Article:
INTERFACE COMMUNITIES HAVE THEIR VOICES HEARD
Monday 18 October 2021
Interface Week (IFW) 2022, 18-22 October, provides an important opportunity for representatives of the Interface Councils (IFC) - Mitchell, Hume, Wyndham, Melton, Whittlesea, Nillumbik, Yarra Range, Casey, Cardinia, and Mornington Peninsula - to meet with key State Government stakeholders to outline priorities for 2022.
The current Chair of the Interface Councils Cr Joseph Haweil, Mayor of Hume said the week served as a chance for representatives from Melbourne’s outer councils to share our perspectives on the challenges we face every day in building stronger communities.
“We remain committed to working with all levels of government, and strongly support a whole-of-government approach. This means none of our communities left behind when and responding to the complex challenges posed by the pandemic, ongoing anxiety due to concerns such as population growth,” Cr Haweil said.
“We know Melbourne’s outer suburbs don’t enjoy the same standard of liveability as other Victorians across a significant number of indicators. Many of the issues have been further highlighted by other reports such as Infrastructure Victoria’s recent 2021-2051 Strategy.”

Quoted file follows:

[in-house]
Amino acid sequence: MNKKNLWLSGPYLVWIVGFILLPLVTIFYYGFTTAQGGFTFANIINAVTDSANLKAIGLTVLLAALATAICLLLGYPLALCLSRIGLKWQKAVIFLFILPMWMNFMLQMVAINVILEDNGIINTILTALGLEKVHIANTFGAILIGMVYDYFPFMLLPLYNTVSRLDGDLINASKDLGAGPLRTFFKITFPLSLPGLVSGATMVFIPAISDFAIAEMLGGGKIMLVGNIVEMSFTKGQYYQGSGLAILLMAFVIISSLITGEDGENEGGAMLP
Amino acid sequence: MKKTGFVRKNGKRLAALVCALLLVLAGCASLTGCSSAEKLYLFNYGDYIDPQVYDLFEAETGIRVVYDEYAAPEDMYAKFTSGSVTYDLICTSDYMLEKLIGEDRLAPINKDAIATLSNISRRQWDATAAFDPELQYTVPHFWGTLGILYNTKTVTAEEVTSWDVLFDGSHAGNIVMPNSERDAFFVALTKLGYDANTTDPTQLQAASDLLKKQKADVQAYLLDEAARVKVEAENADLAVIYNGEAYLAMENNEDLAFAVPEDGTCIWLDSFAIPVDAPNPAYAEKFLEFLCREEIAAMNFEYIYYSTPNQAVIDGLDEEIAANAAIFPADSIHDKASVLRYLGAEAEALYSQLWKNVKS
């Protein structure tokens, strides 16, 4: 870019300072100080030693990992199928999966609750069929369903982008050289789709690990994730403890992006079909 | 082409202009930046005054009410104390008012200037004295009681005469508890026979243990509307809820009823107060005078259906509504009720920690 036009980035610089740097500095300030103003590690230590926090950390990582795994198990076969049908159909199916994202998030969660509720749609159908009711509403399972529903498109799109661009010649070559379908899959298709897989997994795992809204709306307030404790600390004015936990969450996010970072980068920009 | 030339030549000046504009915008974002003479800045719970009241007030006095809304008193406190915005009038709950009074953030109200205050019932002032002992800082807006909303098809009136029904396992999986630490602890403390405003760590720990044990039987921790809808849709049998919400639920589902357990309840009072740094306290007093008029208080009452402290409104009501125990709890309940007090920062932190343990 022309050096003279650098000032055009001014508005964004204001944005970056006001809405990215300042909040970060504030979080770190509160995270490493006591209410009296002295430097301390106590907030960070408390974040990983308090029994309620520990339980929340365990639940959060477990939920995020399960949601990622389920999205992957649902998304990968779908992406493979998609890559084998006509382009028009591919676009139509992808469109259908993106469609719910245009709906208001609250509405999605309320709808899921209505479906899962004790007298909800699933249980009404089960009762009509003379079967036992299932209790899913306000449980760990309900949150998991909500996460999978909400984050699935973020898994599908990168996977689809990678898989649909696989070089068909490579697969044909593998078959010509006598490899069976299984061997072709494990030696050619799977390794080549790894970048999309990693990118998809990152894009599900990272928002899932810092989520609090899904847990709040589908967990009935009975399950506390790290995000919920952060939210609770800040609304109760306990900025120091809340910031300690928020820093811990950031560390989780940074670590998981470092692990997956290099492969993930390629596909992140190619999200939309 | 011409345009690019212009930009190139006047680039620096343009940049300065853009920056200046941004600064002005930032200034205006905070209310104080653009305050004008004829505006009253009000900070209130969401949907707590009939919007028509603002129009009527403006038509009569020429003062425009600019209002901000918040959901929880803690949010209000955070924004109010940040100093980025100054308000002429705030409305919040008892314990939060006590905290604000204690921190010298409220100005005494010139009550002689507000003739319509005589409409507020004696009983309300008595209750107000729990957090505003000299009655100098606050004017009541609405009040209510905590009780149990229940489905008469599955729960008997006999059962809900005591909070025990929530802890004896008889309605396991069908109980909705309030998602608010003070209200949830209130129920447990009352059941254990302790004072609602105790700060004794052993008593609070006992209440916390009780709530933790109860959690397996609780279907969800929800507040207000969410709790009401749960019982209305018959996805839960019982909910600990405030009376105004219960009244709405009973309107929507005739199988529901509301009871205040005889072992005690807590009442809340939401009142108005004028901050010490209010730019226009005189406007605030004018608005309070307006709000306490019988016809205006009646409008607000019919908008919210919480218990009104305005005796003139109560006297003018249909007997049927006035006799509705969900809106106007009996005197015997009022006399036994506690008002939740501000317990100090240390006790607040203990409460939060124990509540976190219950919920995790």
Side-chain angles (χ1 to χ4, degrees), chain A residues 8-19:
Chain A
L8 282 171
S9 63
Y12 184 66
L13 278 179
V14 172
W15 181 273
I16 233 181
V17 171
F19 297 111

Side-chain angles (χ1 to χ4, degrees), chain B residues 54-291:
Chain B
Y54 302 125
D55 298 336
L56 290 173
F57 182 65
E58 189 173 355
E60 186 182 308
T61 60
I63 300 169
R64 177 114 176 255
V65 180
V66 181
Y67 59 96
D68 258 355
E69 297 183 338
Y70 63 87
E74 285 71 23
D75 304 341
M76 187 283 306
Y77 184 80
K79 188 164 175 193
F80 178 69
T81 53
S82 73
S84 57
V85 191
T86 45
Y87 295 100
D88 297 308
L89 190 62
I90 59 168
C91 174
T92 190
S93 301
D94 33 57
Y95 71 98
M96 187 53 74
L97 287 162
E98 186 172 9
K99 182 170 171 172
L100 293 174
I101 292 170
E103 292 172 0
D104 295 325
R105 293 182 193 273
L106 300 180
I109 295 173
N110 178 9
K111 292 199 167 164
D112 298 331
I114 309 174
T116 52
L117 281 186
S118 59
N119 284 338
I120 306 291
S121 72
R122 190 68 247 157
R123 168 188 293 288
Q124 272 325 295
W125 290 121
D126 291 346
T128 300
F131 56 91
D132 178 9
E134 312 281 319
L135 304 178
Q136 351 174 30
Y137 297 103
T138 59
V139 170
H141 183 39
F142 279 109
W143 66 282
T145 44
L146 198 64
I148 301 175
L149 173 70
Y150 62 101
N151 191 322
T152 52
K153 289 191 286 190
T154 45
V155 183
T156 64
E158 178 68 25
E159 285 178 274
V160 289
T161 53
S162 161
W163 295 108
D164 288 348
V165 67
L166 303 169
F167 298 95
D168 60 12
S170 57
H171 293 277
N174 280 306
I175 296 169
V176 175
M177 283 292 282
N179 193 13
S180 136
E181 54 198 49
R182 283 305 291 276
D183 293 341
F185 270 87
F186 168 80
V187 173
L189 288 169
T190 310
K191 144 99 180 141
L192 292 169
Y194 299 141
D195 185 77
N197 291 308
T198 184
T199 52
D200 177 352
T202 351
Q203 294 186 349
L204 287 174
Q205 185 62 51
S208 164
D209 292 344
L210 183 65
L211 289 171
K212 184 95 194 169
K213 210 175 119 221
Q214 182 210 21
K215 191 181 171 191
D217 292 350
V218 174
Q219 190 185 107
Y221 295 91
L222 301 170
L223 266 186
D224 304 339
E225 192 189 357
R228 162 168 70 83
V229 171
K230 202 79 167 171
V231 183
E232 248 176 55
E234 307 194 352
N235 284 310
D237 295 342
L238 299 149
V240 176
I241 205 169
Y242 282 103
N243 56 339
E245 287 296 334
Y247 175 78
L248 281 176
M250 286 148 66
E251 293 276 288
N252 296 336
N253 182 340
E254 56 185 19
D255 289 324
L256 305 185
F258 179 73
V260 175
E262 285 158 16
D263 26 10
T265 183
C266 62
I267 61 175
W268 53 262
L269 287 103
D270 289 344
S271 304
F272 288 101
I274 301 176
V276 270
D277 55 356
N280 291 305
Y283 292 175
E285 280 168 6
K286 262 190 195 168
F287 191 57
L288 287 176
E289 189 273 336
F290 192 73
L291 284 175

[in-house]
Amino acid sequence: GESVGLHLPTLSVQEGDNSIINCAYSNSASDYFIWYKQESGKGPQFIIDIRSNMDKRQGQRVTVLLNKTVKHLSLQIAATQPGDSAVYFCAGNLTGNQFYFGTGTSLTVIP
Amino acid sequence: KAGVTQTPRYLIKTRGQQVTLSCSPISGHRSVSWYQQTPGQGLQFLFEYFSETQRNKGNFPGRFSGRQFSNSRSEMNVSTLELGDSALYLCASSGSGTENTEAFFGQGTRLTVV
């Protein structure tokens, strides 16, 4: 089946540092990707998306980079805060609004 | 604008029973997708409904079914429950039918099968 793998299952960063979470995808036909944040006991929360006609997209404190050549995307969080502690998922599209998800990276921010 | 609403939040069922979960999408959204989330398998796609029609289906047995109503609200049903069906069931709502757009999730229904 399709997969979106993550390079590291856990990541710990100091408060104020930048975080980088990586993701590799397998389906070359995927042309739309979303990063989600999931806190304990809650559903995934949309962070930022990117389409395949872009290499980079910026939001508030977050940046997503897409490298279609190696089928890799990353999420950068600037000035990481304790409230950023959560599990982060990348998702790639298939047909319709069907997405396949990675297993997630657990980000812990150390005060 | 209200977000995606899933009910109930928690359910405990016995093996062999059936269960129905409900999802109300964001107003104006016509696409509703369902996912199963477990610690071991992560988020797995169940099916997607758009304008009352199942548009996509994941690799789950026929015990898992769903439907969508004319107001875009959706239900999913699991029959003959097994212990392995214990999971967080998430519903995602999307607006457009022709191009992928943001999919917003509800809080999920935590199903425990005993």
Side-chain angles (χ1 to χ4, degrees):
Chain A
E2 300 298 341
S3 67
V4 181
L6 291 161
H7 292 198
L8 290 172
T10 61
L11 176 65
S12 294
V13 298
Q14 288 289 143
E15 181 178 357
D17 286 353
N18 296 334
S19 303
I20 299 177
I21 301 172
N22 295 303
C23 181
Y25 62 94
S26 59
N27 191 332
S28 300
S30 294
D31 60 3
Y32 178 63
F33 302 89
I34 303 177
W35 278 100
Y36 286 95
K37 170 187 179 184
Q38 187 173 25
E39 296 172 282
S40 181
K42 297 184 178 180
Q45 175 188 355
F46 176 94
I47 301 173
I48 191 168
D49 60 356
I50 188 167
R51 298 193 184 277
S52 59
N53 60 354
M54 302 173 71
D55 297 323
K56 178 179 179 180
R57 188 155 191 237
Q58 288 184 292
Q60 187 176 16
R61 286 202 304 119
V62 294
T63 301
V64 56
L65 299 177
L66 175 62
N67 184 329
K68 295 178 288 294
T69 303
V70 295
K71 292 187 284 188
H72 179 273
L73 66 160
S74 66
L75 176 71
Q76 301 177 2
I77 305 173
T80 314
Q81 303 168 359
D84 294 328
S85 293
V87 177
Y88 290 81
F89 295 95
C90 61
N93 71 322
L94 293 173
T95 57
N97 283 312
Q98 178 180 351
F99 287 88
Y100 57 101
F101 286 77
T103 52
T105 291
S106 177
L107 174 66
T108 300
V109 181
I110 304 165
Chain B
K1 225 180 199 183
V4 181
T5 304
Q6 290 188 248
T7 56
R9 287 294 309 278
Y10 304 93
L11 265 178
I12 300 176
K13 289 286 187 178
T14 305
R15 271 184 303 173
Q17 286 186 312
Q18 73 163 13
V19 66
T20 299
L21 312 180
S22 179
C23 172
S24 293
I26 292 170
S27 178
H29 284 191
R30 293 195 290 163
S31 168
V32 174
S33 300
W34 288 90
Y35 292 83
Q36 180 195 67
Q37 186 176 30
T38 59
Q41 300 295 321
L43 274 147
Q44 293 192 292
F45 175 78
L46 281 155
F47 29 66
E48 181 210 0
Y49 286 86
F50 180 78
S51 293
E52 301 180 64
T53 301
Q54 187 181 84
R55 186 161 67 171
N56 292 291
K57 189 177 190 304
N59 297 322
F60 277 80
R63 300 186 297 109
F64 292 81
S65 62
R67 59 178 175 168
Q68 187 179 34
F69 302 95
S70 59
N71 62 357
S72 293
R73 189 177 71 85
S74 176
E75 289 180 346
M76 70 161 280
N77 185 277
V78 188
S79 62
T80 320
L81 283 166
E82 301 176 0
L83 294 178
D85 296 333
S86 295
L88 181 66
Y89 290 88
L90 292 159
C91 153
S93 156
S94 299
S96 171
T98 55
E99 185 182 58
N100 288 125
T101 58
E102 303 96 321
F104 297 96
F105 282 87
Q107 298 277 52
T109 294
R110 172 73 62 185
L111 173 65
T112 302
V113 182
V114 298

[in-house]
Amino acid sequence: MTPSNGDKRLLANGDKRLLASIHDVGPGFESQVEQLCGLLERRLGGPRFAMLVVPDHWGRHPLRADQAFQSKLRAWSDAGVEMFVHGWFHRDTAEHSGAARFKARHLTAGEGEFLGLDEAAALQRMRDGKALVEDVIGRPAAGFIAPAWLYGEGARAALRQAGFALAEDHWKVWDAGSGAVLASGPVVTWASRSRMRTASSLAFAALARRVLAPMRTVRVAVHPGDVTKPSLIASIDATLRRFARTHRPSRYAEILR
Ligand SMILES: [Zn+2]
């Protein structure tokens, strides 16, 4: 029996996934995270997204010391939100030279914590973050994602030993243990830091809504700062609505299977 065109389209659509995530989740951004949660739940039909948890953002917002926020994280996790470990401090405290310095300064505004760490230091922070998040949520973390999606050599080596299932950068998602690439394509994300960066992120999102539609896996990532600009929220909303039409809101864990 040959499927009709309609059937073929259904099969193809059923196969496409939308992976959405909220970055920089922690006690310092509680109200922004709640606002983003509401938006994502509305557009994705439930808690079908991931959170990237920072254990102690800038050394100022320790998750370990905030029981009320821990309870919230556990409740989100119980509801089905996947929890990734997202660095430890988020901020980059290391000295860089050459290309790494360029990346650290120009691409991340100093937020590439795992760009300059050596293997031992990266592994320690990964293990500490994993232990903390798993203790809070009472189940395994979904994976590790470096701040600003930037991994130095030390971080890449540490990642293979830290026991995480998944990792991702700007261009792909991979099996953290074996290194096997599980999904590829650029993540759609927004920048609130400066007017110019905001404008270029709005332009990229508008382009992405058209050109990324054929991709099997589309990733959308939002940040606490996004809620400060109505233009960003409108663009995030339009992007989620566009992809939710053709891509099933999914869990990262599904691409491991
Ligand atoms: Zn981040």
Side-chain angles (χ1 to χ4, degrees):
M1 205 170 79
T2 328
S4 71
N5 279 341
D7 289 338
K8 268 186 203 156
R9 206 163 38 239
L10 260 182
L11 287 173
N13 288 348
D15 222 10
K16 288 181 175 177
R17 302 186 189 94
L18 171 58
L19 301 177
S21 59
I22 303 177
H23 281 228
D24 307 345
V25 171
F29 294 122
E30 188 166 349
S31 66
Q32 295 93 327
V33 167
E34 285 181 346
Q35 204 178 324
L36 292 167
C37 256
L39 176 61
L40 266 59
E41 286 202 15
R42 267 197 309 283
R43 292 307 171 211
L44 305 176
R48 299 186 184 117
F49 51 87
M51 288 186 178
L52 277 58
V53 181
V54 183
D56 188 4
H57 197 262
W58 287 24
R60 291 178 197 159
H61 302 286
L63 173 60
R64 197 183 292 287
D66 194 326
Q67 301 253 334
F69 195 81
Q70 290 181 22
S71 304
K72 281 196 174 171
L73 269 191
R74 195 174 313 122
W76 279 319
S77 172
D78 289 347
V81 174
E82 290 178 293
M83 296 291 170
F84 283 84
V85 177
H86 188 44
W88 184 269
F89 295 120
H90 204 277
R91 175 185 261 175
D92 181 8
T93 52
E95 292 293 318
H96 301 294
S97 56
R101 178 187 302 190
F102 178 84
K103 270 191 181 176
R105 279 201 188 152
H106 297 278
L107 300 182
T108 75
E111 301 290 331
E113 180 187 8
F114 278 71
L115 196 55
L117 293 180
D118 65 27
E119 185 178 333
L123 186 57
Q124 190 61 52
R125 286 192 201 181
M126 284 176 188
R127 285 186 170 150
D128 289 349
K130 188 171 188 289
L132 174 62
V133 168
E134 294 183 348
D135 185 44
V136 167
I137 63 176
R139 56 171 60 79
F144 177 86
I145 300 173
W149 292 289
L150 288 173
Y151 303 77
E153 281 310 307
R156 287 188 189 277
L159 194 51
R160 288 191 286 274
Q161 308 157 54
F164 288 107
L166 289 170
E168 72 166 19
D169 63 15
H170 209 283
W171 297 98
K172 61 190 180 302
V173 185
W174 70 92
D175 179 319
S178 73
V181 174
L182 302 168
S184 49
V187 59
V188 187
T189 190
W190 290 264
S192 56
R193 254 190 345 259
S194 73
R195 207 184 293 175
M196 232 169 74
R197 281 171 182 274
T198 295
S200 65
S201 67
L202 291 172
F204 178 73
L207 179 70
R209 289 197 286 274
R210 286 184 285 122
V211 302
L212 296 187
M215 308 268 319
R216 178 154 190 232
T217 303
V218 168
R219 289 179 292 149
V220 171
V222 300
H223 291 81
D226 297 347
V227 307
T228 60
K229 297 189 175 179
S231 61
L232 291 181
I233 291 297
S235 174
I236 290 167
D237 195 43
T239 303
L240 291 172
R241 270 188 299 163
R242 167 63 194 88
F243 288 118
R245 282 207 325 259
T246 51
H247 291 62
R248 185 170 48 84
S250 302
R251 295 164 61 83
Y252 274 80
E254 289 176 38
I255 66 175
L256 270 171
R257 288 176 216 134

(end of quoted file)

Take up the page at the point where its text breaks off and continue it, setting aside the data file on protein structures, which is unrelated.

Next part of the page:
Infrastructure Victoria’s latest research, Social infrastructure in Melbourne’s growth areas (released 7 October 2021) also indicates population growth in many of the interface Council areas is rapidly outstripping demand for vital social infrastructure such as libraries and aquatic centres.
Cr Haweil said there was a risk of further widening the disadvantage gap between many newer and established suburbs.
“This is an opportunity for governments to work in partnership to ensure the timely delivery of co-located or integrated facilities that meet rapidly growing community needs and support Victoria’s recovery from the COVID-19 pandemic,” he said.
Other issues the IFC seeks to spotlight as part of Interface Week 2021, include mental health, family violence, maternal health, and early childhood.
Some of the starker differences between established and new suburbs include:
• More than 40 per cent of residents in the outer suburbs do not live near public transport.
• COVID job losses in the outer suburbs is the highest in the state, with jobs falling by 14.9 per cent.
• Almost one in five people travel more than two hours each day for work and the number of people who travel to work by car is almost three out of four workers, the highest in the state.
• Residents in the outer suburbs are reporting the highest levels of psychological stress and mortgage stress in the state yet have access to the lowest levels of GPs and allied health services per 1000 per people.
• While the outer suburbs offer the highest levels of open space in the state, their access to these parks and reserves by foot is significantly limited and during the COVID-19 crisis, this has been a significant disadvantage to physical and mental health.
“We welcome an open discussion with our state government colleagues as we come out of lockdown and return to a more normal life. We know our communities love where they live as much as other Victorians and want their facilities and services and natural environment to echo this,” Cr Haweil said.
Watch our 2021 Interface Week video here